Then when I install from the copy, not only do I have the key, I can also just open it up in textpad and copy and paste it. I hate typing those 20+ letter codes - I don't know how dyslexics do it!
    • Re:Sounds Familiar (Score:5, Interesting)

      by Samir Gupta (623651) on Wednesday May 14, 2003 @03:34AM (#5952615) Homepage
      CD keys aren't really intended for "Copy protection" at all (other than in the online gaming world, where it can be checked against a server containing all valid keys).

      They exist so that each copy of the program is serialized, and they can in theory, identify your identity if you leak the CD key to pirates. Of course, the way to thwart that is not register at all -- unless you have to do that silly Microsoft activation thing.

      In the console world, we're a bit more enlightened, and never bother with such asinine methods such as "CD keys".
      • by Kjella (173770)
        Even if you bought it with your CC and registered it with your real data, if your cd key shows up on the net, it means that either

        a) You gave it out
        b) Somebody hax0red you (given the number of people that are DDoS bots, how many have a particular game installed)
        c) You sold it second-hand to a dude that has leaked it

        Not to mention, most of the serials don't sound like legitimate registrations at all, like "Name: l33t hax0rs Phone: 1122334455 Reg key: dkhgslksg". I seriously doubt that was ever a real key.
      • Re:Sounds Familiar (Score:5, Informative)

        by blibbleblobble (526872) on Wednesday May 14, 2003 @05:57AM (#5952999)
        "They exist so that each copy of the program is serialized, and they can in theory, identify your identity if you leak the CD key to pirates."

        Blah, blah, divisibe-by-seven-section, blah blah

        xxxxx-1111111-xxxxx

        Explanation [omnitechdesign.com]
    • Re:Sounds Familiar (Score:5, Interesting)

      by Monkelectric (546685) <slashdot&monkelectric,com> on Wednesday May 14, 2003 @03:49AM (#5952668)
      I have a similar story -- back in the day I bought a copy of Steinberg LM4. The copy protection *only* worked in win98 (read: wouldn't install on 2k even though 2k was a supported platform for Cubase). The only way for me to get it running was to install it on a win98 box, copy the samples to my 2k machine and then you guessed it, install the cracked version -- even thought I was *trying* to be legit and pay for the god damn software. Guess what? Im still using the cracked version -- it doesn't ask for a CD every fucking time you start it.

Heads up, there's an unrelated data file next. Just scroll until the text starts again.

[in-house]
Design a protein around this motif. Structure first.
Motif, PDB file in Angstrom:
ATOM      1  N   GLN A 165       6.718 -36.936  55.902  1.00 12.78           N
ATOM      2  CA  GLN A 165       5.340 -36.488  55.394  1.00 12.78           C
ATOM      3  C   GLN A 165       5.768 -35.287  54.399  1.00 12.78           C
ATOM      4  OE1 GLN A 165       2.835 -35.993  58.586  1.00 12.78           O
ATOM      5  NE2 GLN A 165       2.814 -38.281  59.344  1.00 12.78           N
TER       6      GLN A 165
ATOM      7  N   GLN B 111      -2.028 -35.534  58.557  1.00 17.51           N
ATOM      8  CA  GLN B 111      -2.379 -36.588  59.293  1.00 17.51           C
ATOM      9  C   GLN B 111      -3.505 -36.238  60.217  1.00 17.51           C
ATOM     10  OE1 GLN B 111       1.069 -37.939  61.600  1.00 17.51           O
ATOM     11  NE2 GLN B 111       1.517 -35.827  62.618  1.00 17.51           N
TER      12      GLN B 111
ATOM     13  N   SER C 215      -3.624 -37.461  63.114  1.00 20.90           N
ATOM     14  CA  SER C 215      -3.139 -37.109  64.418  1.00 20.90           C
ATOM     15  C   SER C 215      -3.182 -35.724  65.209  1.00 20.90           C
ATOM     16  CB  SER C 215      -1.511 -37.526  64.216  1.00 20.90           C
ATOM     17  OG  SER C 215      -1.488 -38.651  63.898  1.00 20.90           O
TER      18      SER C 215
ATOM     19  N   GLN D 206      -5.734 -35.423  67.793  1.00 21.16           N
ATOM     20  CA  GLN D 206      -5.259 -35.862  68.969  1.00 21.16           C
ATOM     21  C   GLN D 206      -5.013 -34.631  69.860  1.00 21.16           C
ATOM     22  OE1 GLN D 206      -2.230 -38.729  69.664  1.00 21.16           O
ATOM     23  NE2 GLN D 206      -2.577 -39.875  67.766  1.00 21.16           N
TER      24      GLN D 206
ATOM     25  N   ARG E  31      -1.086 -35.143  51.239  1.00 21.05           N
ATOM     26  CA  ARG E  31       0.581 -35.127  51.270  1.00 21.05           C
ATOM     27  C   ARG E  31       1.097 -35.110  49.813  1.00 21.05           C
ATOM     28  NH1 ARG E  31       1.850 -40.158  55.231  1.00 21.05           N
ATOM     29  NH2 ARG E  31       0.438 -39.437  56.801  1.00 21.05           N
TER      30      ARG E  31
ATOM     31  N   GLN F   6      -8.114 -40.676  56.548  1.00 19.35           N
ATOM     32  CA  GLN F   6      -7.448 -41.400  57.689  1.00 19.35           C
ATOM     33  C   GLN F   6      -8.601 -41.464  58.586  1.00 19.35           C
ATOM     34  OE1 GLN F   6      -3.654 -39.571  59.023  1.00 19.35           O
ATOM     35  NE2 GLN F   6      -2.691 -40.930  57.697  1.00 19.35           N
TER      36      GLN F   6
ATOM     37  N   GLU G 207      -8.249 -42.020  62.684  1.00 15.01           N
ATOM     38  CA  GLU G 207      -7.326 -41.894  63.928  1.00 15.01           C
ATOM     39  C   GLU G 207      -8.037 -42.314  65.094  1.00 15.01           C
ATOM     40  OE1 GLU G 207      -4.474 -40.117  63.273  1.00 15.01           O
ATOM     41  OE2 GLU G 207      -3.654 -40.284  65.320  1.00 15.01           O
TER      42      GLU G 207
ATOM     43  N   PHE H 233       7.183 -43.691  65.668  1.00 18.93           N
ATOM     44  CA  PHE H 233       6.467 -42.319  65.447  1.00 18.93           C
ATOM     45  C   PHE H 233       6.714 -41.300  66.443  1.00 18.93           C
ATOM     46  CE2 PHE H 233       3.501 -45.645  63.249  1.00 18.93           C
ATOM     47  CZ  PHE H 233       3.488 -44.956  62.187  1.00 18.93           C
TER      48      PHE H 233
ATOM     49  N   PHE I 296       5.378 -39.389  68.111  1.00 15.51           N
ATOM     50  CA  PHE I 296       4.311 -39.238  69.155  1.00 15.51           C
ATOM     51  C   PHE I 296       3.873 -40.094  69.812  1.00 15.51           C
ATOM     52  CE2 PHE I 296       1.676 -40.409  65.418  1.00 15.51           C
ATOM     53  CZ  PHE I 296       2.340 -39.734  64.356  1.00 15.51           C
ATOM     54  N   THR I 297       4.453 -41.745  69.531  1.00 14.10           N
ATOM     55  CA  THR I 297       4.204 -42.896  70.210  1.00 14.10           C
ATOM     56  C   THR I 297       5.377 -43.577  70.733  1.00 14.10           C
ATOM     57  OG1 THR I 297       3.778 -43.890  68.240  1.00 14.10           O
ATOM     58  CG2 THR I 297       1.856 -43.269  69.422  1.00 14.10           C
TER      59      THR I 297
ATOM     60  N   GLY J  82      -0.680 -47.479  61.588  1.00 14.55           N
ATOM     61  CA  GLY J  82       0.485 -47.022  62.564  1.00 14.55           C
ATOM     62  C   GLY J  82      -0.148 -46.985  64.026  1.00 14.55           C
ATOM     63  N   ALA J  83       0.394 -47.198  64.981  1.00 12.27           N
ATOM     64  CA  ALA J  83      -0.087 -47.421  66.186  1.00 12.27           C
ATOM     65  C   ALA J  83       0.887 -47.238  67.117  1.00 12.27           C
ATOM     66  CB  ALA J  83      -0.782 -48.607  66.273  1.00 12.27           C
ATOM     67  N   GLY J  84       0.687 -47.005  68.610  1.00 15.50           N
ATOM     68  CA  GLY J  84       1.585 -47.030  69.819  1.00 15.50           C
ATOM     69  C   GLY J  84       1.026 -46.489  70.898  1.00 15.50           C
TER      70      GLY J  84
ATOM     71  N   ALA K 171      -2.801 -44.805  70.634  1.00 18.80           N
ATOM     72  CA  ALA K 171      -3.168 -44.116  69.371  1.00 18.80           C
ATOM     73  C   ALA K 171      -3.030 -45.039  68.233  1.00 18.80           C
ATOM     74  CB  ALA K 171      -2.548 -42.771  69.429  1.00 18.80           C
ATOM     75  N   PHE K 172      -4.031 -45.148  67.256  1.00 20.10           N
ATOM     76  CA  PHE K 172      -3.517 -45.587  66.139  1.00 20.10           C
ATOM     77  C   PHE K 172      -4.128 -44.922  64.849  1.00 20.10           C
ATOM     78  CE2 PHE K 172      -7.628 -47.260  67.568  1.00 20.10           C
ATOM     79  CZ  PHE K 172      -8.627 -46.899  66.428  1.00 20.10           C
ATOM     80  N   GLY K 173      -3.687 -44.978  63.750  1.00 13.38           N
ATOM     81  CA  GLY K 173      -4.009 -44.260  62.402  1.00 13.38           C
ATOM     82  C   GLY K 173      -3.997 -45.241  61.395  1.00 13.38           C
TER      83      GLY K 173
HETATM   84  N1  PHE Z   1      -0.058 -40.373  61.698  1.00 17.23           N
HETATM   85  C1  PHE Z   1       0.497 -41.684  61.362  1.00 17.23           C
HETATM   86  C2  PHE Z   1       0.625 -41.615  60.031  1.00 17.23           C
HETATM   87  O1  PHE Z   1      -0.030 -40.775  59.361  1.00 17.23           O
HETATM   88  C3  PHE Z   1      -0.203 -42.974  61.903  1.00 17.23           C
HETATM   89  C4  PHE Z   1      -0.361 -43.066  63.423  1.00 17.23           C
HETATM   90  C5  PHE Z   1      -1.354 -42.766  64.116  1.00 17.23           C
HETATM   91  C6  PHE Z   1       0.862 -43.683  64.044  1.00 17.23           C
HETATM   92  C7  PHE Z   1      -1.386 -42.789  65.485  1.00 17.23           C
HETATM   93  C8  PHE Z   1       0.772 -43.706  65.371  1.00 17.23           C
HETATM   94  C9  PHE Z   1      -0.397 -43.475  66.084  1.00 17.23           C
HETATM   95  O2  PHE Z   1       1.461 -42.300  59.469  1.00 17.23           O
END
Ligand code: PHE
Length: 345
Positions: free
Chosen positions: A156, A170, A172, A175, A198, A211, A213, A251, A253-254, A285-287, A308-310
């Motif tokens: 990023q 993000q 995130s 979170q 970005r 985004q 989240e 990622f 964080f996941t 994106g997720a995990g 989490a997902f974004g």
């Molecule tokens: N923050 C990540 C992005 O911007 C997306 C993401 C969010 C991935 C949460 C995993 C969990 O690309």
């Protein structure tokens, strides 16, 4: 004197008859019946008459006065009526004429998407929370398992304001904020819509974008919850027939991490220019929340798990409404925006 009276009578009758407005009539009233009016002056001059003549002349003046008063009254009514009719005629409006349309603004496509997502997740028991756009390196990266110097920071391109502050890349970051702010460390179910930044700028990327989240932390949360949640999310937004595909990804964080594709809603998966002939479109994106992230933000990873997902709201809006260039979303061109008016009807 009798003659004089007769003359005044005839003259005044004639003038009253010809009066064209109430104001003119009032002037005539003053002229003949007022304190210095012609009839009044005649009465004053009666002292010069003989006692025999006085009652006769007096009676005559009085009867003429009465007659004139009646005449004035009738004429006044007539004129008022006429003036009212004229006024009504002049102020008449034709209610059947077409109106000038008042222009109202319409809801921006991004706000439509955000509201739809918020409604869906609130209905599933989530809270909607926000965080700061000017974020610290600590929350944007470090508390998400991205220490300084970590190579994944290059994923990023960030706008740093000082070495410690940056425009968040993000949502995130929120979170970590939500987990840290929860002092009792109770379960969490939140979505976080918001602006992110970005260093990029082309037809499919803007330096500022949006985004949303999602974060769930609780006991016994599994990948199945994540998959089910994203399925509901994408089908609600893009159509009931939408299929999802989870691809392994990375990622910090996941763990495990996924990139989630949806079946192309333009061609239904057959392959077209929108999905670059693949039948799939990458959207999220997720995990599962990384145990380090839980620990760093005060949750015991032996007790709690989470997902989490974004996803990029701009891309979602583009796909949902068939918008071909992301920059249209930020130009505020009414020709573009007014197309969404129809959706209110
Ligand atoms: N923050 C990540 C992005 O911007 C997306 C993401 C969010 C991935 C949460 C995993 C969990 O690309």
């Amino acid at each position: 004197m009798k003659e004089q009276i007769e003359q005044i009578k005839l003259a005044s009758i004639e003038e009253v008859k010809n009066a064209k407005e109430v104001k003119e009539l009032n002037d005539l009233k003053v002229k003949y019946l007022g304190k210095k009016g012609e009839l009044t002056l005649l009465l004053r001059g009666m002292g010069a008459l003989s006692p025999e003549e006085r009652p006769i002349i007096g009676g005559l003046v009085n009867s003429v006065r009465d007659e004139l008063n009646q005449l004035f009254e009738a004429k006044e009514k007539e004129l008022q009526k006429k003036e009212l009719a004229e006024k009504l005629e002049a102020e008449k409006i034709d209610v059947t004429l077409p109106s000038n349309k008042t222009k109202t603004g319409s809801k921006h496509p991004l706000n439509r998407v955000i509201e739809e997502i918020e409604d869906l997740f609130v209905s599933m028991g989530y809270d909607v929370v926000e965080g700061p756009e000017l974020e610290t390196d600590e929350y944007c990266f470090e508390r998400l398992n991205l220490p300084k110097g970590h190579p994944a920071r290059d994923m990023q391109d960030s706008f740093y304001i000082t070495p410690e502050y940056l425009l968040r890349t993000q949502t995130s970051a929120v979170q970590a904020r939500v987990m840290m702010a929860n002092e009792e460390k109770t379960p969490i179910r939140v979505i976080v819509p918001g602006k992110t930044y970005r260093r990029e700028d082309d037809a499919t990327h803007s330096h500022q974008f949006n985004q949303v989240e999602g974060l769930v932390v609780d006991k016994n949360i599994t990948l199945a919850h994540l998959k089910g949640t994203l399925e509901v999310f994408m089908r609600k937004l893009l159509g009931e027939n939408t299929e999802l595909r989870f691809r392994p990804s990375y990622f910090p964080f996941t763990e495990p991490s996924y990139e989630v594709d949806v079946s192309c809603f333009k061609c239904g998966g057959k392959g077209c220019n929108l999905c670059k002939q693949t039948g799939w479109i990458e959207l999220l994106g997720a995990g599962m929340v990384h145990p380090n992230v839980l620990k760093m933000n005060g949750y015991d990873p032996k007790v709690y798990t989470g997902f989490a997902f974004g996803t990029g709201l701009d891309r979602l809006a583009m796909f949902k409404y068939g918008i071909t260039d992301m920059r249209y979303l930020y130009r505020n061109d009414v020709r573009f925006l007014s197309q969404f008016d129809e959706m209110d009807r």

• Several years ago I bought a copy of the game "Need for Speed 3". I also have two CD drives. The copy protection on the game insisted that the CD was always in the wrong CD drive, and refused to run. I found two solutions:

      1) unplug one CD or DVD drive. Of course this is stupid. I have to power down, unplug the drive, and power up. Now I can't use my CD or DVD drive.

      2) download a crack from the internet, copy the game, and play using the copy.

      Neither solution is reasonable, especially as a long-term solut
  • by BladeMelbourne (518866) on Wednesday May 14, 2003 @03:12AM (#5952529)
    I purchased the Norah Jones CD (Valentines day gift for my fiancé). She wanted them as MP3s for her XP laptop, so I copied the wave files off the CD using the cdfs.vxd replacement.
    http://www.sonicspot.com/alternatecd fsvxd/alternat ecdfsvxd.html

    Does Australian law prohibit me doing this?
    • I'd like to ammend your title to read:
      Solution: dont use Norah Jones.

      Please, no Funny mods please, this is clearly flamebait ;-)
    • Does Australian law prohibit me doing this?

      No it doesn't, this is illegal. Copyright Act 1968 (CTH) defines reproduction thusly;
      S21(1A)
      For the purposes of this Act, a work is taken to have been reproduced if it is converted into or from a digital or other electronic machine-readable form, and any article embodying the work in such a form is taken to be a reproduction of the work.

      And more importantly defines the exclusive rights of the copyright holder as;
      S31 1(b)
      in the case of an artistic work, to do
  • by ATAMAH (578546) on Wednesday May 14, 2003 @03:13AM (#5952530)
    Because judging by the way things are going with RIAA very soon we won't be able to listen to a CD unless we actually buy concert tickets beforehand.
    • by Farley Mullet (604326) on Wednesday May 14, 2003 @03:26AM (#5952581)
      Because judging by the way things are going with RIAA very soon we won't be able to listen to a CD unless we actually buy concert tickets beforehand